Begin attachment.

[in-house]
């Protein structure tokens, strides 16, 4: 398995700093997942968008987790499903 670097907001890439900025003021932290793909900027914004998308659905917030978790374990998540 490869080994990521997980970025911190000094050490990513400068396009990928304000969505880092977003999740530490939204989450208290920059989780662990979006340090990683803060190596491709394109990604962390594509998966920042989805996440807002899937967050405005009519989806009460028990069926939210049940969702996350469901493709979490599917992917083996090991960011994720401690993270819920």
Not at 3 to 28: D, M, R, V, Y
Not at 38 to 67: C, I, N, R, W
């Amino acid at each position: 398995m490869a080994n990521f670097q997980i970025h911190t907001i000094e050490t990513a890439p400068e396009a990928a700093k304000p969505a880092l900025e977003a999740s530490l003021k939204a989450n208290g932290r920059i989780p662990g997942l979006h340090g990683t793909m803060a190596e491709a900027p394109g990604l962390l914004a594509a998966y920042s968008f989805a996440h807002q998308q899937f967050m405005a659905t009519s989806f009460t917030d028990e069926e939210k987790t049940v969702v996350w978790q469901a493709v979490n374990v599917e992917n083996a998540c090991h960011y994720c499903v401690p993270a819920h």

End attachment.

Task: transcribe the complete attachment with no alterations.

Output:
[in-house]
């Protein structure tokens, strides 16, 4: 398995700093997942968008987790499903 670097907001890439900025003021932290793909900027914004998308659905917030978790374990998540 490869080994990521997980970025911190000094050490990513400068396009990928304000969505880092977003999740530490939204989450208290920059989780662990979006340090990683803060190596491709394109990604962390594509998966920042989805996440807002899937967050405005009519989806009460028990069926939210049940969702996350469901493709979490599917992917083996090991960011994720401690993270819920």
Not at 3 to 28: D, M, R, V, Y
Not at 38 to 67: C, I, N, R, W
């Amino acid at each position: 398995m490869a080994n990521f670097q997980i970025h911190t907001i000094e050490t990513a890439p400068e396009a990928a700093k304000p969505a880092l900025e977003a999740s530490l003021k939204a989450n208290g932290r920059i989780p662990g997942l979006h340090g990683t793909m803060a190596e491709a900027p394109g990604l962390l914004a594509a998966y920042s968008f989805a996440h807002q998308q899937f967050m405005a659905t009519s989806f009460t917030d028990e069926e939210k987790t049940v969702v996350w978790q469901a493709v979490n374990v599917e992917n083996a998540c090991h960011y994720c499903v401690p993270a819920h």